Sunday 6 December

St Nikolaus Tag; in Germany and other central European countries, this is celebrated with the children placing their shoes outside, hoping for gifts of tangerines and sweets the following day. Our Santa Claus of course. In Austria there is a similar tradition with Krampus und Knecht Ruprecht. I saw this one year in Gmunden and it was such fun. The Knecht Ruprecht is a figure all in black who is there to punish the naughty children. There was a parade, and copious amounts of Gluhwein was consumed by the adults. A little more detail below.

The Story of Knecht Ruprecht or Krampus | Pretty Attitude | Pretty Attitude

The story of Knecht Ruprecht stretches back to the late Middle Ages. The legend is part of a centuries-old Christmas tradition in Germany, where Christmas celebrations start early in December.

Knecht Ruprecht is the dark companion of St. Nicholas, who rewards good children each year with gifts and candy on December 6, St. Nicholas Day. The hell-bound counterpart is known by many names across the continent, such as Knecht Ruprecht, Black Peter, Schmutzli, or also as Krampus. Knecht Ruprecht is usually seen as as a half-demon, half goat looking figure bearing devilish horns and a monstrous tongue, but he can also be spotted as a sinister man with a black beard bearing a black furry robe, a chain and bells along with a bundle of birch sticks to punish the naughty children. According to German tradition he appears in homes on St. Nicholas Day to ask parents about their children’s behaviors. Depending on the response, he would give switches for use on the bad children, before dragging them into the woods.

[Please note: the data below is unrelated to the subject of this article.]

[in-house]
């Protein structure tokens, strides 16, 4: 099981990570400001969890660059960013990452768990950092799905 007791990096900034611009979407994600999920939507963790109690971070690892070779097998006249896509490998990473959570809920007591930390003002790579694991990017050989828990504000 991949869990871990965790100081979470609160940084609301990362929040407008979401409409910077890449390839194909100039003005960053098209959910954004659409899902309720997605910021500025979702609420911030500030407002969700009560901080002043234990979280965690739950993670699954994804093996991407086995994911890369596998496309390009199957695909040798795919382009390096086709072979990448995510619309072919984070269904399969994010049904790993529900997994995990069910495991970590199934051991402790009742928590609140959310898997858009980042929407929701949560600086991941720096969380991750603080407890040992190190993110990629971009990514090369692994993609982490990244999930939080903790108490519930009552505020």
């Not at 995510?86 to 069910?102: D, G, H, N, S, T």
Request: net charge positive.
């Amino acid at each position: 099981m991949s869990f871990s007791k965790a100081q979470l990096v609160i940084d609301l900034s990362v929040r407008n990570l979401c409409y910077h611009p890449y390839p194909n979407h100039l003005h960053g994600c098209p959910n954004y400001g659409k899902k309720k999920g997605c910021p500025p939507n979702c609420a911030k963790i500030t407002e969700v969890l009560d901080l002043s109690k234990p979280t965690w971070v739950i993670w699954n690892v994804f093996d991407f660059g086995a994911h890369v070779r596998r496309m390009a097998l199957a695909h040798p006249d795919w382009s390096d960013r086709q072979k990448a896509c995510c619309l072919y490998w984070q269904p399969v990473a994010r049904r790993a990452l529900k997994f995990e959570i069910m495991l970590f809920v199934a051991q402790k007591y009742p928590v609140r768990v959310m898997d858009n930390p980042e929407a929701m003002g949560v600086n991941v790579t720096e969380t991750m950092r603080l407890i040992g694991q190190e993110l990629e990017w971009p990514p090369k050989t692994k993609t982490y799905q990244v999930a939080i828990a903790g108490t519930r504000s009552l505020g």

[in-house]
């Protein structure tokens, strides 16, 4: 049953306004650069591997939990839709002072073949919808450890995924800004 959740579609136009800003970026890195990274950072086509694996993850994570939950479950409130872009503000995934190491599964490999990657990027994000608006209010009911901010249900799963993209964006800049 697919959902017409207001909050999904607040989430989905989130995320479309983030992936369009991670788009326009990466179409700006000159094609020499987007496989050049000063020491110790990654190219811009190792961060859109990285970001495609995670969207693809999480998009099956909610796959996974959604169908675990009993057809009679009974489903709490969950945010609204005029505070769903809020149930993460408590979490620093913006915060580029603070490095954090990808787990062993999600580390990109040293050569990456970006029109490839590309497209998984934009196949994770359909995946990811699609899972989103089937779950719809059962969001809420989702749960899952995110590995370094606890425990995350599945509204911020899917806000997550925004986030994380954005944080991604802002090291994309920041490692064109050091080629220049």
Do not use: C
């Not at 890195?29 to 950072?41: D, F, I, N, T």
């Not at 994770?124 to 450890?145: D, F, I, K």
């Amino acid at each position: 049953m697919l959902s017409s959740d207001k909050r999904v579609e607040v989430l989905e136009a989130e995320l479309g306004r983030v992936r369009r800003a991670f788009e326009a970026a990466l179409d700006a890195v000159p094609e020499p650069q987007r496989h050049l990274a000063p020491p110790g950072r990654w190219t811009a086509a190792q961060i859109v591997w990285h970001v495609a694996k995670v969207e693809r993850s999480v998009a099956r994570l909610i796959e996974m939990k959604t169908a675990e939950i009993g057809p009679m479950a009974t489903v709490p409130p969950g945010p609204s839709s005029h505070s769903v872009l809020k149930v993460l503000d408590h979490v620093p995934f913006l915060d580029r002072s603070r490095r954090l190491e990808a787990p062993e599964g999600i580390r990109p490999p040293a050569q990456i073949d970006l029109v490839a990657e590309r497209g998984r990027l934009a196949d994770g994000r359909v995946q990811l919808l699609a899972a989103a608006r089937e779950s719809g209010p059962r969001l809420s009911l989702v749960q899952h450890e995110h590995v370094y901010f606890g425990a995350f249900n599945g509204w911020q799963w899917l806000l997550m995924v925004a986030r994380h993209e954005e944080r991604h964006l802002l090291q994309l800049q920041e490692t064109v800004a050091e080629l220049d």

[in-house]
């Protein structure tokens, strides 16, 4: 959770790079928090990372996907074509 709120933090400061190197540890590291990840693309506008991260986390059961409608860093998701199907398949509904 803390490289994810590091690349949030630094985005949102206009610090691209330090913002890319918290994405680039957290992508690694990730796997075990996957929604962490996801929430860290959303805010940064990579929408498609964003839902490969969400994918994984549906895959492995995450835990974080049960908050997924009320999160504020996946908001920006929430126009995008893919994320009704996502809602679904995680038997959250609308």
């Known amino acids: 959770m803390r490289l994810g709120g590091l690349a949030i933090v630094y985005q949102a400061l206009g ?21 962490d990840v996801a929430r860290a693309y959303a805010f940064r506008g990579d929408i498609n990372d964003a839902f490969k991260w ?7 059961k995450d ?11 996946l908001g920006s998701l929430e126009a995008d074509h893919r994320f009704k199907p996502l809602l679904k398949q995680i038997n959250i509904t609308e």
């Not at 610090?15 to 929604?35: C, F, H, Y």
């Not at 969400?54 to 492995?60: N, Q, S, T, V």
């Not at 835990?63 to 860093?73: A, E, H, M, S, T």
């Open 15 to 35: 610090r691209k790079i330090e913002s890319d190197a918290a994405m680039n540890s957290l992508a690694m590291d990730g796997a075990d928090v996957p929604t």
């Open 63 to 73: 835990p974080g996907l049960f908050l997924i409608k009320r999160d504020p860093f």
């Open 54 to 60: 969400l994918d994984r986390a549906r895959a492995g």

Krampus, whose name is derived from the German word krampen, meaning claw, is celebrated on Krampusnacht, which takes place on the night before St. Nicholas’ Day. In South Germany, Austria, Northern Italy and other parts of Europe, party-goers dress up as the frightening looking Krampus creature bearing torches and stride through the streets terrifying children and adults alike. Krampusnacht is increasingly being celebrated in other parts of Europe such as Finland and France, as well as in many American cities.

I celebrated being back in Tier 2 by going swimming this morning. 11 of us in a full size pool, very pleasant, so I ploughed up and down to do my 30 lengths. I am a slow and unstylish swimmer, but I derive such pleasure from being in the water. I actually had a lane to myself, as there were to be two to a lane and as I was the last to arrive and the twelfth person did not show up, I came off pretty well. All this social distancing can have some advantages!

The second Sunday in Advent and I looked for an Advent carol in German. I came across this concert from the Frauenkirche in Dresden, which I visited not so long ago. It has been wonderfully restored. If you only look at the first few minutes, you will see the church and hear the choir.

3 thoughts on “Sunday 6 December

  1. Knecht Ruprecht sounds like a nasty chap. Interesting take on social control there. The idea that we only behave if threatened by a bogy man, it’ll never catch on!

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